ISRO begins countdown for CARTOSAT-3's Wednesday launch

On its 49th mission, PSLV-C47 will put into orbit CARTOSAT-3, a third-generation agile advanced satellite equipped with high-resolution imaging capability. The satellite has an overall mass of 1,625kgs, and will cater to rising demands for large scale urban planning, rural resource and infrastructure development, coastal land use and land cover.

The Indian Space Research Organisation (Isro) on Tuesday began the countdown for the launch of CARTOSAT-3, its earth imaging and mapping satellite from the Satish Dhawan Space Centre in Sriharikota at 9.28 am on Wednesday.

The satellite will be launched aboard the Polar Satellite Launch Vehicle (PSLV-C47) along with 13 other nano-satellites from the United States. It will be placed in an orbit of 509 km at an inclination of 97.5 degree. The 26-hour countdown commenced at 7.28 am on Tuesday, the space agency said in an update.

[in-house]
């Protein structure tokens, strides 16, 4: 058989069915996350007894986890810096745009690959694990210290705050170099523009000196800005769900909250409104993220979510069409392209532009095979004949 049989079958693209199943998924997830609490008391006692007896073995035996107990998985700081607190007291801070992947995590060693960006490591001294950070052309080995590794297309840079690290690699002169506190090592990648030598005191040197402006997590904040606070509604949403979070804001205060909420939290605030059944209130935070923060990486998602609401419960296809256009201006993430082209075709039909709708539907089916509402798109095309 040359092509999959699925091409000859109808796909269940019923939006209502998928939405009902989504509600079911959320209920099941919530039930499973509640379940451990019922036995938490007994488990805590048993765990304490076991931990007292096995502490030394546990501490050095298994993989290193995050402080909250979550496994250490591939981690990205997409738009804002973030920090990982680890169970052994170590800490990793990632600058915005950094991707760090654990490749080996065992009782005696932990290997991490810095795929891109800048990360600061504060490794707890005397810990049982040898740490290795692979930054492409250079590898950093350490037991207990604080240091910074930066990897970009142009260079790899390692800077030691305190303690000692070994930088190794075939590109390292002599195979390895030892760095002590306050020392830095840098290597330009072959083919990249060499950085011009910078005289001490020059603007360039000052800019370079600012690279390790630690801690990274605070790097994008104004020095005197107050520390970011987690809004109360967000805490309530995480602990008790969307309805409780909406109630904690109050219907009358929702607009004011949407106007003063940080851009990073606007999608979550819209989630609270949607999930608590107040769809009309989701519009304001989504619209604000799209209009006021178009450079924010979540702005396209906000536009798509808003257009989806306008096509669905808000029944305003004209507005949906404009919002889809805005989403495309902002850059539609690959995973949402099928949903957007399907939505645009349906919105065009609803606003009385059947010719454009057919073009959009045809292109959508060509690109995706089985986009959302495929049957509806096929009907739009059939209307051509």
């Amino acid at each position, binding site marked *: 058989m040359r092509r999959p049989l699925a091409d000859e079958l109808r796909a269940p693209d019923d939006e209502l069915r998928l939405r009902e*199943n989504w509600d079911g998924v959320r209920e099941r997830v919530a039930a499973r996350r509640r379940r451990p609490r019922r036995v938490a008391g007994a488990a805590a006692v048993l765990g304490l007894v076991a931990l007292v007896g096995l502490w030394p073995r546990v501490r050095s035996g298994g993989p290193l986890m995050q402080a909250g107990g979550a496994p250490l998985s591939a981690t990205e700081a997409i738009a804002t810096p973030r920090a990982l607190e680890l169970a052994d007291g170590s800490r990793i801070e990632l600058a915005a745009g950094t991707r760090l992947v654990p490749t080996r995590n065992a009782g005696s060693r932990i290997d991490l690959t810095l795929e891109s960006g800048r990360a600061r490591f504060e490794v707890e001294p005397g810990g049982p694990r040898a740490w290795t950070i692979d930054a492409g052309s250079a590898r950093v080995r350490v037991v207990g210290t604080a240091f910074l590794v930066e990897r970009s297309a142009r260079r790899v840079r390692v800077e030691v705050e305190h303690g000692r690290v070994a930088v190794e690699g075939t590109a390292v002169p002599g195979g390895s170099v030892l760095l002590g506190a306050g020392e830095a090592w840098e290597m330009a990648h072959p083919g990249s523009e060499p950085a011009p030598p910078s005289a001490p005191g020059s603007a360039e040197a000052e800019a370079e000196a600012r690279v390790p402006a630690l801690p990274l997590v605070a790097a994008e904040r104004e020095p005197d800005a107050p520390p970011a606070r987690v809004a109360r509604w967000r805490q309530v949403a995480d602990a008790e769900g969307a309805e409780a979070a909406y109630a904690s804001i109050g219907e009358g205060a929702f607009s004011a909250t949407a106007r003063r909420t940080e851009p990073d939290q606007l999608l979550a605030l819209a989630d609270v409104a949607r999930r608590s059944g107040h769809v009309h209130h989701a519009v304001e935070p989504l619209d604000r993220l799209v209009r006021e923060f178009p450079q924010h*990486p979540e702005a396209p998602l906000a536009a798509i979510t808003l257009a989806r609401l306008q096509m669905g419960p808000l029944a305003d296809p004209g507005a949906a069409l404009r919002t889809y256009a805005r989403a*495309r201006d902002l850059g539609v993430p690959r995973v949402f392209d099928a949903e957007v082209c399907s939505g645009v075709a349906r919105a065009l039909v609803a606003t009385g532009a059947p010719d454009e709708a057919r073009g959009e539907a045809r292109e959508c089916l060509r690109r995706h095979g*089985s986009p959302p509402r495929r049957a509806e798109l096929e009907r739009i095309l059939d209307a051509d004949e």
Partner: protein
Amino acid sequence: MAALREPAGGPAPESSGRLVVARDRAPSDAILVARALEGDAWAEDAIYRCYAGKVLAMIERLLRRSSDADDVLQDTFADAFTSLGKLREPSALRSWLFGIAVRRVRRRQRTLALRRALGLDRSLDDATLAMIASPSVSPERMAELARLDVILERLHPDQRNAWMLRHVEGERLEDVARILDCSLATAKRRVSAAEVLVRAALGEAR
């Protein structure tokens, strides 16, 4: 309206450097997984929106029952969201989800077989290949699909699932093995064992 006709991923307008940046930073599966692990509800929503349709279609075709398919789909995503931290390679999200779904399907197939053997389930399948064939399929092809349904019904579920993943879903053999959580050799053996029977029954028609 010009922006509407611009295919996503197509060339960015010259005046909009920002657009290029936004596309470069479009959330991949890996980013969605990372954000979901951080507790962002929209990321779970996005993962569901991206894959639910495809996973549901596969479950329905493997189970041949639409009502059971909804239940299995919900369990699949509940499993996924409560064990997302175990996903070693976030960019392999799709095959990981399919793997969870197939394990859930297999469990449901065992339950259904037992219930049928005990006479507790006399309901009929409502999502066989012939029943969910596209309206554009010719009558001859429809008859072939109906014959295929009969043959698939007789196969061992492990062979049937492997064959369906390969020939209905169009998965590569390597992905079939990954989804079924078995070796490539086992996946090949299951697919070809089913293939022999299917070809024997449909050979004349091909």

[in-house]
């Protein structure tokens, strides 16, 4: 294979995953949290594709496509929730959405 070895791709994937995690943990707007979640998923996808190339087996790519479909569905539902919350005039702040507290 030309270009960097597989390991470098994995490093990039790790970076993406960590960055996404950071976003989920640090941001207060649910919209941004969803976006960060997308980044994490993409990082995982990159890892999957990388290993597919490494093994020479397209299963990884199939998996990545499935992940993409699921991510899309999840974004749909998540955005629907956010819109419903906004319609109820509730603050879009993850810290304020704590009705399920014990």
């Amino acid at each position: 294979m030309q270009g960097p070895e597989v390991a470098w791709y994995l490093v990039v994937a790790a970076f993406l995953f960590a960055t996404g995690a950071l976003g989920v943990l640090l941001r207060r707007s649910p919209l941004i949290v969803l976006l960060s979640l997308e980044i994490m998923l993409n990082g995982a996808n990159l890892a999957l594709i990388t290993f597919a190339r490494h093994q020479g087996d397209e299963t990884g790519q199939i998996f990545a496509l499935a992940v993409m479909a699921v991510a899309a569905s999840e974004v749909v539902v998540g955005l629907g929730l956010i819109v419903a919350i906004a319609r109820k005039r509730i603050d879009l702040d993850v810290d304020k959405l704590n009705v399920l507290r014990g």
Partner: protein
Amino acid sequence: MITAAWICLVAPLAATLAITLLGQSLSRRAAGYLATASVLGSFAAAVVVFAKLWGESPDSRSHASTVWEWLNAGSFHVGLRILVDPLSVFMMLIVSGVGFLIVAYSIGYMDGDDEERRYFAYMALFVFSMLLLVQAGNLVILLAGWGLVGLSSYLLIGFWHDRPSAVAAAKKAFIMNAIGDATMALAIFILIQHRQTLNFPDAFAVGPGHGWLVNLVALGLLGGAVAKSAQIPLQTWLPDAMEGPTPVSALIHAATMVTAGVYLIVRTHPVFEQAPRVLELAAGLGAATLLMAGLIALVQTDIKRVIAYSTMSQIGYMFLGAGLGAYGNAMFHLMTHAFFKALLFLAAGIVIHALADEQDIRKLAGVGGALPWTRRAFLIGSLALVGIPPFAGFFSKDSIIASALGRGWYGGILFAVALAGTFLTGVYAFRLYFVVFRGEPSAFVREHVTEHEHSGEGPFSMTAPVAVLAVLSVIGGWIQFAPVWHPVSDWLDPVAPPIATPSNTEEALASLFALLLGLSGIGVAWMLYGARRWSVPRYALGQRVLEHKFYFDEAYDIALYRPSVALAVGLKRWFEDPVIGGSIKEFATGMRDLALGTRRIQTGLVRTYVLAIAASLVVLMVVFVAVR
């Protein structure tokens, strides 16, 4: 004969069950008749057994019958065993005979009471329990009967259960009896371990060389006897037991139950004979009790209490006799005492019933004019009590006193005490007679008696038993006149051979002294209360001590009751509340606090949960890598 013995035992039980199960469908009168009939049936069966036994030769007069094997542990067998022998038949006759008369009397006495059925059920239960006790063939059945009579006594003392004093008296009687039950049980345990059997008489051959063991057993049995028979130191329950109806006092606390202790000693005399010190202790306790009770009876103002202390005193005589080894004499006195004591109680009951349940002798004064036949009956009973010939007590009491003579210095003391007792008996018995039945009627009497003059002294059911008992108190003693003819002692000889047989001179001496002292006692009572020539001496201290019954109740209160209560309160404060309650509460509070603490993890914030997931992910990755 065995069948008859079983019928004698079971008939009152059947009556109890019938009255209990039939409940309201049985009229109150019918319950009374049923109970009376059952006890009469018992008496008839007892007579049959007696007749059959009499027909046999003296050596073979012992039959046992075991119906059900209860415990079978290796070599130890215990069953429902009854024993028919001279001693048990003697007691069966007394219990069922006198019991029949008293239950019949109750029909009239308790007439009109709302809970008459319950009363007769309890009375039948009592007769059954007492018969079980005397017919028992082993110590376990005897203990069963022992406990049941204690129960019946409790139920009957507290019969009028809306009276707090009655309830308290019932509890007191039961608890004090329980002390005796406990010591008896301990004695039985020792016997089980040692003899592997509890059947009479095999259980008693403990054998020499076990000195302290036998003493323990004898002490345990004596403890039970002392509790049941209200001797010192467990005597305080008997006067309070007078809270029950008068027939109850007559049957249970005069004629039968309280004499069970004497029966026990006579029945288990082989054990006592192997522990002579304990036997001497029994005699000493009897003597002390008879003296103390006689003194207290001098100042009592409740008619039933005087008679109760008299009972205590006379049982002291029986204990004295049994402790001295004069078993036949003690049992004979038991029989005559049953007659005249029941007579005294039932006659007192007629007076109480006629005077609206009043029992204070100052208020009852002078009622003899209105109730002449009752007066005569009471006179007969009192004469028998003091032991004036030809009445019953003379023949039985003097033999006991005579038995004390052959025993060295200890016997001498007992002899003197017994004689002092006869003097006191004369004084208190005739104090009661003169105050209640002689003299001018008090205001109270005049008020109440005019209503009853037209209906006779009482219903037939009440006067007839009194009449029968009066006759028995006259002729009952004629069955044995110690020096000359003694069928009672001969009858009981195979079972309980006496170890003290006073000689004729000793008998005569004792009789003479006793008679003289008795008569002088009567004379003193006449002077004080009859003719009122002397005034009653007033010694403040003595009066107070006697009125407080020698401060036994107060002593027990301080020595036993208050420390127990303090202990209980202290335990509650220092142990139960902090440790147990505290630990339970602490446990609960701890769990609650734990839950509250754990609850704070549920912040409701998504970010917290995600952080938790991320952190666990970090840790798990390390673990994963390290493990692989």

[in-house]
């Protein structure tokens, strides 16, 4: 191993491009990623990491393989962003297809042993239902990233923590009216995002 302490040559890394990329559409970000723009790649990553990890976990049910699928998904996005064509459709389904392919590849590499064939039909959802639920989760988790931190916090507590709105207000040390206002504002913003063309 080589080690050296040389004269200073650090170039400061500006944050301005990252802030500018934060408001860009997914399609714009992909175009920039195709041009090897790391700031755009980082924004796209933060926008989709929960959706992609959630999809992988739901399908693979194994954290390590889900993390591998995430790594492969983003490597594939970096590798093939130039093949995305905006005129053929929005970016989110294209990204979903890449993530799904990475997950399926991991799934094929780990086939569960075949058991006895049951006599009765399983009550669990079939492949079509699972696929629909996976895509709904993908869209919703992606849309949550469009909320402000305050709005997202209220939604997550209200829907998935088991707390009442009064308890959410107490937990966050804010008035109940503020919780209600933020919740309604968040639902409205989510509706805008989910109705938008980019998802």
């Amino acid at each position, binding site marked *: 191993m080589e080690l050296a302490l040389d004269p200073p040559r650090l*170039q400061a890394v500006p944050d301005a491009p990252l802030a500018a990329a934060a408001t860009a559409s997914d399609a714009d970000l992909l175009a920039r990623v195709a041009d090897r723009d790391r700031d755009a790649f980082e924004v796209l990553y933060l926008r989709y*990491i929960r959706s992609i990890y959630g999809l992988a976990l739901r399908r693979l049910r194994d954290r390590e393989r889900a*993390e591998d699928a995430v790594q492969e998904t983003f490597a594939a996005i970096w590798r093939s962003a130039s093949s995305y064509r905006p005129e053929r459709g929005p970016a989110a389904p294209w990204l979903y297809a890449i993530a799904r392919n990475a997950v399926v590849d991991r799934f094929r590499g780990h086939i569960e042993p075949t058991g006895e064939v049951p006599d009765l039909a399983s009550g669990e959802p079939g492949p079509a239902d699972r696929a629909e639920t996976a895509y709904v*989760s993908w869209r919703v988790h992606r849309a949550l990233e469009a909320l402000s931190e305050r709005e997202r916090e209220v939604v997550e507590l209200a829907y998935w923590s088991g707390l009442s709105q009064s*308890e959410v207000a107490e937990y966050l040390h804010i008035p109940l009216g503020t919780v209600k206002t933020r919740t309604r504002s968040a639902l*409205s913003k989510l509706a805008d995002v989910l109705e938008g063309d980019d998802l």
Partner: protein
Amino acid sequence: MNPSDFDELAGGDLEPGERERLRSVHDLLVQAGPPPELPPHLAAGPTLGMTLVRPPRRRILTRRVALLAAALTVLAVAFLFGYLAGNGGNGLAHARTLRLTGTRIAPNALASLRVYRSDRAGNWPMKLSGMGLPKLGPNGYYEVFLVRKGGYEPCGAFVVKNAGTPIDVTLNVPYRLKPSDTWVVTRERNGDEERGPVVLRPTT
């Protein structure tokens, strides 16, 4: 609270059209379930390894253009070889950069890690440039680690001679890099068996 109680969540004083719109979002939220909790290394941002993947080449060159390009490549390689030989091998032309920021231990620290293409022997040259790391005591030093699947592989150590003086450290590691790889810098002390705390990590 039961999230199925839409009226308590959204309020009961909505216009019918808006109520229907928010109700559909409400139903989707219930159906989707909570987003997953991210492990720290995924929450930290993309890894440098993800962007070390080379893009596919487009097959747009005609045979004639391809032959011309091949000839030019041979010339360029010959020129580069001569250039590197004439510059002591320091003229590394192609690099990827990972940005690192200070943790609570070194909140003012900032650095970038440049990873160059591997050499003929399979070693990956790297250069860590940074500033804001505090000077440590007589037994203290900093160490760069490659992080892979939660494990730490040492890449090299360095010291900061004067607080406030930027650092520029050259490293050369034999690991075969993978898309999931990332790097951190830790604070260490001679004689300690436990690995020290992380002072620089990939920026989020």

On its 49th mission, PSLV-C47 will put into orbit CARTOSAT-3, a third-generation agile advanced satellite equipped with high-resolution imaging capability. The satellite has an overall mass of 1,625kgs, and will cater to rising demands for large scale urban planning, rural resource and infrastructure development, coastal land use and land cover.

For PSLV-C47, Wednesday's launch will be the 21st flight in the 'XL' configuration (with six solid strap-on motors), according to Isro. The 13 American commercial nano-satellites are part of Isro's commercial arrangement with NewSpace India Ltd (NSIL), Department of Space.

Of the 13 nano-satellites, 12 are FLOCK-4P, with mission objective of earth observation, and one satellite, MESHBED, whose mission objective is a communication testbed.

The mission life of CARTOSAT-3 will be five years. For ISRO, this is the first major launch after the moon mission Chandrayaan-2 on July 22, which could not achieve the planned soft-landing on the polar surface of the moon.

ISRO had lost contact with the Chandrayaan-2 Lander, Vikram, leading to a hard-landing on the lunar surface on September 7.

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